By Robin Hattersley Gray ·
The results of Campus Safety magazine’s annual fire survey are in, and once again, false/nuisance alarms continue to be a thorn in the sides of university, school and hospital protection professionals. Nearly half (47 percent) of survey respondents indicated that false alarms are among their four biggest fire safety challenges.
Whether false/nuisance alarms are caused by burned popcorn, shower steam, lack of maintenance, poor system design, careless contractors or pranksters playing a practical joke, there is nothing amusing about them. Campuses that don’t address this issue run the risk of wasting precious public safety resources each time an officer is dispatched to check on yet another red herring. Additionally, students, patients, faculty and staff stop taking fire alarms seriously when a fire alarm system regularly goes into alarm needlessly.
Here’s how you can reduce the number of false and nuisance alarms on your campus.
1. Appropriately discipline pranksters: Because 8.5 percent of false U.S. fire alarms are malicious or mischievous (NFPA 2008), addressing this matter can have a big impact on the overall number of false alarms. Having clear and fair discipline policies is the first step. During orientations, students should be informed of the penalties of malicious false alarms.
Paul Martin, who is chief of fire prevention for the New York State fire marshal’s office and president of the Center for Campus Fire Safety, believes in a zero tolerance approach for colleges. “If you find someone guilty, deal with them through a judicial affairs program on campus, but don’t downplay it.”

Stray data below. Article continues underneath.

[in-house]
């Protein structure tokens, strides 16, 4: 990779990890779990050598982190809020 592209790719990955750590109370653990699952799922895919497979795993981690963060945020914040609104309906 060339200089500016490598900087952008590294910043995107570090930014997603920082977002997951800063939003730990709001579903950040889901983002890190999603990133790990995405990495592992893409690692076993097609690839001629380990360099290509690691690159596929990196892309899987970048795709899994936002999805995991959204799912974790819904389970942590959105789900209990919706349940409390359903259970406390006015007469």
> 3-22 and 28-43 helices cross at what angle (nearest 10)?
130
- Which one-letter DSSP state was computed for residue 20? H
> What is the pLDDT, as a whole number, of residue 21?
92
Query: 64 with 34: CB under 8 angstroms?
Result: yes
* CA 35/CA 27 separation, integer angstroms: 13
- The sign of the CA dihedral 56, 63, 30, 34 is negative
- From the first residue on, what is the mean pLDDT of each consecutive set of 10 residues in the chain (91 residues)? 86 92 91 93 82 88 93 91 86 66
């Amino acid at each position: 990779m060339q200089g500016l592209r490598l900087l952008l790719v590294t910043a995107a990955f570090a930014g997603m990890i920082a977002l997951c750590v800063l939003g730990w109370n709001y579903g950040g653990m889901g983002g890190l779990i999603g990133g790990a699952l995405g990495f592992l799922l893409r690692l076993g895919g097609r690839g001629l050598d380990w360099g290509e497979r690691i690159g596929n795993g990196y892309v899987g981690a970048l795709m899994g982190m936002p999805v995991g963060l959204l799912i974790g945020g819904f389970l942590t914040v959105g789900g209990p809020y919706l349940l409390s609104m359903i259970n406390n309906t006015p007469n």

Some universities widely publicize the arrests of those who maliciously activate fire alarms. This is done to warn others who might be inclined to pull similar pranks.
For K-12 schools, the type of discipline imposed depends on the age of the culprit. “Every time we have an alarm pulled, that person is turned over to the fire department, and the age and cognitive abilities of the child determines whether they are charged criminally or if we put them in one of the fire safety diversion programs,” says South Western City Schools REMS Grant Project Director Gary Sigrist Jr.
2. Apply peer pressure to discourage bad behavior: Martin says schools that are most successful at eliminating malicious false alarms are those that have rewards programs for students who self police. After all, it’s the students who suffer most as a result of these pranks - they are the ones who must evacuate class while taking an exam or are awakened in the middle of the night.
“Make sure [pranksters] realize that their peers won’t tolerate it, let alone campus administration,” he adds. “Peer pressure can be so helpful in modifying those behaviors.”
The University of Massachusetts, Amherst (UMass), for example, gives a $500 reward to students who turn in classmates who have maliciously set off an alarm.